Next I mark the brass for my loading count using an automatic center punch on the case head ( I can see how many times each piece of brass has been reloaded by counting the tiny dimples on the case head.
This looks like a good idea. Any pics or further details to share?
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Old 10-17-2021, 09:23 AM
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Originally Posted by SuperCub View Post
This looks like a good idea. Any pics or further details to share?
I use a auto center punch from princess auto. Use an old useless peice of brass to play around with the weight setting..I go for a very slight indent. You notice a tiny amount of brass will flow back around the divot. This gets flattened on firing leaving nothing more than a pin hole not deep enough to harm the case head but very visible. Simply count the pin holes to know your firing count on that brass. I'll try to load some pics later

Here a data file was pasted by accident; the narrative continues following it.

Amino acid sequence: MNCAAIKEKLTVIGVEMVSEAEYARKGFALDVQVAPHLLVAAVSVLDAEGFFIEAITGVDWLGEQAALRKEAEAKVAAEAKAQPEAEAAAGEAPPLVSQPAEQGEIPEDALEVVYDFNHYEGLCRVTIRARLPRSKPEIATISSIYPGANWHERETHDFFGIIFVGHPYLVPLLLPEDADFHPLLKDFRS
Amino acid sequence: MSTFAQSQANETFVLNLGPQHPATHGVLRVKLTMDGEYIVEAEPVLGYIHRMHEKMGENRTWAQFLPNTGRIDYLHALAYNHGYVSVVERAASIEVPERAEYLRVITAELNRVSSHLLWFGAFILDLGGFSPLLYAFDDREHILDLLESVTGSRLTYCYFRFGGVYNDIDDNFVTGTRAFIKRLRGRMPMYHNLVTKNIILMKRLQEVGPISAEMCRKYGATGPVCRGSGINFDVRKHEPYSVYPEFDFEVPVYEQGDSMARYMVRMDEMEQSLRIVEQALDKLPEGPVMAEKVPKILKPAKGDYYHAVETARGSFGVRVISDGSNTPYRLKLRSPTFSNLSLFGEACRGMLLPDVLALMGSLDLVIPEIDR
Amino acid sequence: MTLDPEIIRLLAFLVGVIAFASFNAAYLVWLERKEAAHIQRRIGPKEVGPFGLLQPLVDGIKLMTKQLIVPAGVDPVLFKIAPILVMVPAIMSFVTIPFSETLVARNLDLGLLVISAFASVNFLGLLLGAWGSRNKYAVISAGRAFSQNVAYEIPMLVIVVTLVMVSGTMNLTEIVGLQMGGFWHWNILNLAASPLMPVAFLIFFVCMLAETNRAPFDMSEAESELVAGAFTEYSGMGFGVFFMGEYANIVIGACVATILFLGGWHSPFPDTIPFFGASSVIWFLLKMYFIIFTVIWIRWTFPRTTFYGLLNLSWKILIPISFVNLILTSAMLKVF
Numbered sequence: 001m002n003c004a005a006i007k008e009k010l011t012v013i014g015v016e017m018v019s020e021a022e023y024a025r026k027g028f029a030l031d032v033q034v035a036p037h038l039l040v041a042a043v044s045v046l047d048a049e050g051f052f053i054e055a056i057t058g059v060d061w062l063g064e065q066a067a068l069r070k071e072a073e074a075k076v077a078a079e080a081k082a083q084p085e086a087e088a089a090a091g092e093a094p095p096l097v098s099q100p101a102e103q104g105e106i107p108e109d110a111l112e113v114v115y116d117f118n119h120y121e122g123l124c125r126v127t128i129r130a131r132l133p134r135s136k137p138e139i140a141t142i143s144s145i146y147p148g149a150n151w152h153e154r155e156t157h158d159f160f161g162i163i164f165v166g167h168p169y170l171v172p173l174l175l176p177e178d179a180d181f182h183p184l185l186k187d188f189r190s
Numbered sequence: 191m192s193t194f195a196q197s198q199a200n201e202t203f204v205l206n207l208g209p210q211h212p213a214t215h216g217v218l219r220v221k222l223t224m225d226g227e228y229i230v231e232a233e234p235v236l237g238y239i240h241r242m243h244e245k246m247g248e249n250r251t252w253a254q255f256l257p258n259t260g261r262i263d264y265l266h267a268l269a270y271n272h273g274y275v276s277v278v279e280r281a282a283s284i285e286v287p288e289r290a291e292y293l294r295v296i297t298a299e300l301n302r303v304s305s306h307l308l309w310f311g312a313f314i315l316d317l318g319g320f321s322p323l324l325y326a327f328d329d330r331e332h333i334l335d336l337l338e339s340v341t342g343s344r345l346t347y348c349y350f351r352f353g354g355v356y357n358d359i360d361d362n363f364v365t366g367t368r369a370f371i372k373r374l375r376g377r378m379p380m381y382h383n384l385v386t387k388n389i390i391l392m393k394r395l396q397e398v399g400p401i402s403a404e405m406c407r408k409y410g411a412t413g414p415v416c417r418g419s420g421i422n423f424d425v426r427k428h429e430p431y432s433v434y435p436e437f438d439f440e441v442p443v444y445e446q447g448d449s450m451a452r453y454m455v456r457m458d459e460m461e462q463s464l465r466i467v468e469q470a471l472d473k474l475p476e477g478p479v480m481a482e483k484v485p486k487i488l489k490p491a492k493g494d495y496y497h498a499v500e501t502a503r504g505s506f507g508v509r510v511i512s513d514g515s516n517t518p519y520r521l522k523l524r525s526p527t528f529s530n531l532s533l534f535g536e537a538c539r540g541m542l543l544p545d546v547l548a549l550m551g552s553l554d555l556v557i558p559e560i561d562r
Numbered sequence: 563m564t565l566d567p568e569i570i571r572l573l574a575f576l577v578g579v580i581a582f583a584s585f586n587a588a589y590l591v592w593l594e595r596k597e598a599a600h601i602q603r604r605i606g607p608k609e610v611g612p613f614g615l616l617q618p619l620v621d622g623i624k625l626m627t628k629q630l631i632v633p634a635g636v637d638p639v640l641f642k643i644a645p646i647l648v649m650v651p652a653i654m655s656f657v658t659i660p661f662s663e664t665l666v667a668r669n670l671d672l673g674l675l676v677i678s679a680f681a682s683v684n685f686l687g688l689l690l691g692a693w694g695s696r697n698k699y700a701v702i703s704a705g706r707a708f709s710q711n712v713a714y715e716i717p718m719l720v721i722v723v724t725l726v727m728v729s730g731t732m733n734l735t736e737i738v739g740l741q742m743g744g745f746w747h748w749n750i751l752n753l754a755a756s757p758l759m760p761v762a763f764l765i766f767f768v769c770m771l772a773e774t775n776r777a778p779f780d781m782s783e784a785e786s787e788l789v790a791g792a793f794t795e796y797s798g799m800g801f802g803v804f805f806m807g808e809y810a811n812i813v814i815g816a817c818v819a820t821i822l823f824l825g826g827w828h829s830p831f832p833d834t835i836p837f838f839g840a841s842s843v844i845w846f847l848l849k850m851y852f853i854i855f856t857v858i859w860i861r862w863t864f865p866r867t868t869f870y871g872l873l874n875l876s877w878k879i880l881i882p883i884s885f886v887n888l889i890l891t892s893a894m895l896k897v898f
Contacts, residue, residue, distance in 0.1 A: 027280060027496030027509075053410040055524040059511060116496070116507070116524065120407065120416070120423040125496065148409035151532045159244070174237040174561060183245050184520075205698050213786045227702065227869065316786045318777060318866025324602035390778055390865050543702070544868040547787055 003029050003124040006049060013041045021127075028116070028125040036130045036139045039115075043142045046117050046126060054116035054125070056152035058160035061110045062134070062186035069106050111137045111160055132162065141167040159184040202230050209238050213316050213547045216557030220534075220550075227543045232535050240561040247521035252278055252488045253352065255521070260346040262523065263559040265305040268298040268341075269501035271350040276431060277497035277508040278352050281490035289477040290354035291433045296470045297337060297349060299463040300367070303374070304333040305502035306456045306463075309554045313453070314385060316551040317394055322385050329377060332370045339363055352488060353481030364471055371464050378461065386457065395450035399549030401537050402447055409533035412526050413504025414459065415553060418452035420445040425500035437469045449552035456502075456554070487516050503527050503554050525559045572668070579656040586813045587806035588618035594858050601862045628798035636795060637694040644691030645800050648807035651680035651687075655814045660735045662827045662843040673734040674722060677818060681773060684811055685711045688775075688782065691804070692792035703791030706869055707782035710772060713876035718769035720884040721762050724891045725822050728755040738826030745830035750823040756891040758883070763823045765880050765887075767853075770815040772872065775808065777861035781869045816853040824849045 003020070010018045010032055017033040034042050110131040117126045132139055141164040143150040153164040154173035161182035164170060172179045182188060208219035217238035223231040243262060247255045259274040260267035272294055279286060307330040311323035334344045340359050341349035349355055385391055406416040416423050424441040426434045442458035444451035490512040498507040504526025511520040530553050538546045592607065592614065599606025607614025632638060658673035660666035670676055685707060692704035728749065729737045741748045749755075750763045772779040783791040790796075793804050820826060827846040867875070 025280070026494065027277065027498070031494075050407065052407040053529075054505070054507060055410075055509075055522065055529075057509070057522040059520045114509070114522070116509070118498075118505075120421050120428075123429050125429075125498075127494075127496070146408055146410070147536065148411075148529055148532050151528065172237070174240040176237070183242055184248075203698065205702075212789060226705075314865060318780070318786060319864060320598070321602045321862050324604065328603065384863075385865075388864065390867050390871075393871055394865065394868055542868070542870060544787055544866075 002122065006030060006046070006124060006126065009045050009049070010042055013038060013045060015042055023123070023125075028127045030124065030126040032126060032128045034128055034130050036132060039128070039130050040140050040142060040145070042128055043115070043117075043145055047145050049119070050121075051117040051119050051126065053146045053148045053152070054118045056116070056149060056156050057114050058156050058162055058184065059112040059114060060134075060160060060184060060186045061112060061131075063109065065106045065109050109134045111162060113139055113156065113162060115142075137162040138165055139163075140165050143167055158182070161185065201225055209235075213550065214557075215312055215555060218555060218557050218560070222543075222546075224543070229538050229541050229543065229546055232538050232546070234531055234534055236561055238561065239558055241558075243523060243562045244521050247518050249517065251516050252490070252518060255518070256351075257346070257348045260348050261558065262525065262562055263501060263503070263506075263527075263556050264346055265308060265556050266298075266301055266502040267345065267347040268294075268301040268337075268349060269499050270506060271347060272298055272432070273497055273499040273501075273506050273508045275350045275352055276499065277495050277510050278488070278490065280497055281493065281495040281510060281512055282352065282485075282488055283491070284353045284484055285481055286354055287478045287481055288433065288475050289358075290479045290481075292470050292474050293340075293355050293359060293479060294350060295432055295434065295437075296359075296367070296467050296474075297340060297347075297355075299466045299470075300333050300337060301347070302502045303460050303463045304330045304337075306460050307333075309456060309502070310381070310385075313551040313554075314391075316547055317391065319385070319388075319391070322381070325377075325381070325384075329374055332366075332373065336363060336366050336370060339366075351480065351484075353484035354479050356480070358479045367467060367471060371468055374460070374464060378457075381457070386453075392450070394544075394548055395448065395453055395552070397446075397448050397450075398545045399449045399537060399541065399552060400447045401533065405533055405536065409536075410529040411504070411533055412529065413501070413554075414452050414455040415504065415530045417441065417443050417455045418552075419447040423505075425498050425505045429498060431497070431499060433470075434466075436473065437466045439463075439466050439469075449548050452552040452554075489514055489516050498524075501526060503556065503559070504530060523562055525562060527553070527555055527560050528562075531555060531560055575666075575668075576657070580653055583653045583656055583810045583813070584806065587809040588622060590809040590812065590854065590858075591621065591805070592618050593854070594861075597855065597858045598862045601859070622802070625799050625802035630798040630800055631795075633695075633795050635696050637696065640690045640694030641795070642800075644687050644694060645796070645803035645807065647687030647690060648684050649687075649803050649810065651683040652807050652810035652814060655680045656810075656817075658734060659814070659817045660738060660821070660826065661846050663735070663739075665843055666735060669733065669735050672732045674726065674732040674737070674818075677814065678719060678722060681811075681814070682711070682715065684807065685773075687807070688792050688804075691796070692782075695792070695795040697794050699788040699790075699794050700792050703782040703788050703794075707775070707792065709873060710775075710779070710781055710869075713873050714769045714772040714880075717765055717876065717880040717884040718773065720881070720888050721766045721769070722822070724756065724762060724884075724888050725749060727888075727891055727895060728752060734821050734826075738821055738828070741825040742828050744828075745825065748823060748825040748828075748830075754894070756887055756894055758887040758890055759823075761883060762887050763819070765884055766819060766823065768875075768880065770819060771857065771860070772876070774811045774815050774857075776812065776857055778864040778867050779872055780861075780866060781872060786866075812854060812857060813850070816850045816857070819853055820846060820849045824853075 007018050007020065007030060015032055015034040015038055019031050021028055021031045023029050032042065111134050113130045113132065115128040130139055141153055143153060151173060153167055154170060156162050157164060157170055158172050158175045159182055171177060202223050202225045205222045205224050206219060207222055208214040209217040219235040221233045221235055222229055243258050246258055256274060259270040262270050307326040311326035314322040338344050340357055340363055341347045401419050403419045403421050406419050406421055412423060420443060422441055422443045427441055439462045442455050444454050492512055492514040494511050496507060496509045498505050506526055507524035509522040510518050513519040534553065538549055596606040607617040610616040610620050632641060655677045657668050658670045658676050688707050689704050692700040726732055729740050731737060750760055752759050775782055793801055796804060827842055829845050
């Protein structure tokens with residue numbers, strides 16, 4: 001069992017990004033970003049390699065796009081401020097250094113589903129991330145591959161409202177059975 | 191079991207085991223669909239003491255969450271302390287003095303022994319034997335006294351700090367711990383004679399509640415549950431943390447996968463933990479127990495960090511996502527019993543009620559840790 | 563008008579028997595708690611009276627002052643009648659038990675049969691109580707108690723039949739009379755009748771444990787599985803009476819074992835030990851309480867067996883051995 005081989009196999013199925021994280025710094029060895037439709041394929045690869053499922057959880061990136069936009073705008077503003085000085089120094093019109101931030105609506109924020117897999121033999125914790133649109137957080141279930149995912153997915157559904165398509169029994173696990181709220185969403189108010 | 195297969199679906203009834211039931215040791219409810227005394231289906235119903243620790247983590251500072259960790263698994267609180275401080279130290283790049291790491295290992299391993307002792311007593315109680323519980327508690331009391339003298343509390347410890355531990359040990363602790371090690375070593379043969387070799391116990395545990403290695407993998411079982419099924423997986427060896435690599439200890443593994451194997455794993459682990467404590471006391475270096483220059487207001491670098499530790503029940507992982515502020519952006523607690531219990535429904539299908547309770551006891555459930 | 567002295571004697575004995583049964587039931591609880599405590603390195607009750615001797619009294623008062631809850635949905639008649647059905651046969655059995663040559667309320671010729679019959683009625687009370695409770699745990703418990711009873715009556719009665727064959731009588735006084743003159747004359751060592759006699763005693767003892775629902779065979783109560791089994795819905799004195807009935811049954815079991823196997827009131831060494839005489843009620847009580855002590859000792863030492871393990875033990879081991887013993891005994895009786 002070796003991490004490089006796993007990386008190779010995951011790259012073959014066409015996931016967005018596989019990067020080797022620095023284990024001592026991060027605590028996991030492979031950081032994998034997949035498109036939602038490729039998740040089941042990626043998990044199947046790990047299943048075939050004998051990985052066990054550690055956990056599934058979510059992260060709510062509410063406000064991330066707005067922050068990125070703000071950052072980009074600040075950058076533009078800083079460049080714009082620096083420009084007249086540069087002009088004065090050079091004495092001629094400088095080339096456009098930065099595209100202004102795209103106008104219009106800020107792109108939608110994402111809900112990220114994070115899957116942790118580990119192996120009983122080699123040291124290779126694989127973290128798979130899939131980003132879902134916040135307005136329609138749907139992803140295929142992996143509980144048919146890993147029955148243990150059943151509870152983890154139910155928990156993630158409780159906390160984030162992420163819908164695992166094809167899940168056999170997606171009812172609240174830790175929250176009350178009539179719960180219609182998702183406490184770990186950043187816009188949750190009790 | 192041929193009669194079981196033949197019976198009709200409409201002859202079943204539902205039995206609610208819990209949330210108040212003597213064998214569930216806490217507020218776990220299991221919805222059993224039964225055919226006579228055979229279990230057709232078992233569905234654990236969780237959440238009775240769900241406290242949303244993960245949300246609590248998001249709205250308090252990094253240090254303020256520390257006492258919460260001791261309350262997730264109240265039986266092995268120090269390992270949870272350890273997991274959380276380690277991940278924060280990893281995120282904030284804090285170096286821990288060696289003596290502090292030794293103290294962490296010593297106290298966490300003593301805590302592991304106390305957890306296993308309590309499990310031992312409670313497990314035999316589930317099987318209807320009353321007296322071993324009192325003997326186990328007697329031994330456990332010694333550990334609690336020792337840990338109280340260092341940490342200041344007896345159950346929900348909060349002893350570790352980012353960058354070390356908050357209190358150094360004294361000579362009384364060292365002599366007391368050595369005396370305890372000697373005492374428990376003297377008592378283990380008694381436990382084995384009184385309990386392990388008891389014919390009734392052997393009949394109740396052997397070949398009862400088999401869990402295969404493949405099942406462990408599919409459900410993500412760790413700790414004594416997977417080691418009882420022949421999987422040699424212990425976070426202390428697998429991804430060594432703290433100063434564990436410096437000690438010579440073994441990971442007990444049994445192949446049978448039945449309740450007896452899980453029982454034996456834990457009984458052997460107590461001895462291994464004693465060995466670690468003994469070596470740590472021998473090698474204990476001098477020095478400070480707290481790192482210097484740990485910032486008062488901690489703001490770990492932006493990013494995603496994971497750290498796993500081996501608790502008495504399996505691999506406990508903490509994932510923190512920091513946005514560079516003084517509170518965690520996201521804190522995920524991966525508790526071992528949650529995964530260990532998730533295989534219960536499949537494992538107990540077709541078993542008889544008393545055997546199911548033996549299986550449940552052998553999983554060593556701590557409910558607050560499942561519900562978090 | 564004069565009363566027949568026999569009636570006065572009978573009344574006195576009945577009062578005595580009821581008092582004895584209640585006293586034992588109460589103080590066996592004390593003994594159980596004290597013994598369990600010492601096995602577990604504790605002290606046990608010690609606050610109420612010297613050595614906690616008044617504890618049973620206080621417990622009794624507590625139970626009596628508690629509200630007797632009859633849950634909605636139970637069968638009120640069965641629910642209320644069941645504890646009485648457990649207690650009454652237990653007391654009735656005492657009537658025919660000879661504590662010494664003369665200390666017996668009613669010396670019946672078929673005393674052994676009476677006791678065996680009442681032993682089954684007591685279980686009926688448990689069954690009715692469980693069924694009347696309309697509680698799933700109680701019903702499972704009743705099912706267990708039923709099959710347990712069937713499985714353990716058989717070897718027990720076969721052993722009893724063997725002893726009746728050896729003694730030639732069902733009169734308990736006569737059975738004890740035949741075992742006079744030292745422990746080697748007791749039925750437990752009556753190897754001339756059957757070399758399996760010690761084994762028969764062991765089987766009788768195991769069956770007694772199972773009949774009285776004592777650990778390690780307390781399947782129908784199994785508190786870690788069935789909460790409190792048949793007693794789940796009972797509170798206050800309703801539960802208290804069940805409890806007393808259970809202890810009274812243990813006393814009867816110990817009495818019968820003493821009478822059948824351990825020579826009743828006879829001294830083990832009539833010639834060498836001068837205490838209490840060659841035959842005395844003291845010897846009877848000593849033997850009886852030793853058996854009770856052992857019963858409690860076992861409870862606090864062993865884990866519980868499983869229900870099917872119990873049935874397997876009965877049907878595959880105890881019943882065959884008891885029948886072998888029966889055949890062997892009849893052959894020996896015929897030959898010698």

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Old 10-17-2021, 09:48 AM
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Do you think it would affect headspace?
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Old 10-17-2021, 10:43 AM
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Quote:
Originally Posted by chuck View Post
Do you think it would affect headspace?
Never ever had an issue. I neck size most of my " precision " rifles and shoulder bump 2 thou on all my other hunting rifles. I use rcbs precision mic and Hornady comparator for measurement. I've never had a issue closing the bolt in either case. The biggest problem is once you have enough firings you need to start dimpling over the case head stamping so unless you know your brass type it might get hard to read..
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Old 10-17-2021, 10:43 AM
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Quote:
Originally Posted by chuck View Post
My do’s in order
Decap
Anneal
Lube with die wax
FL resize with three thou under bushing
Lube inside of necks with one shot
Expand with two thou under mandrel
Trim always
Chamfer/deburr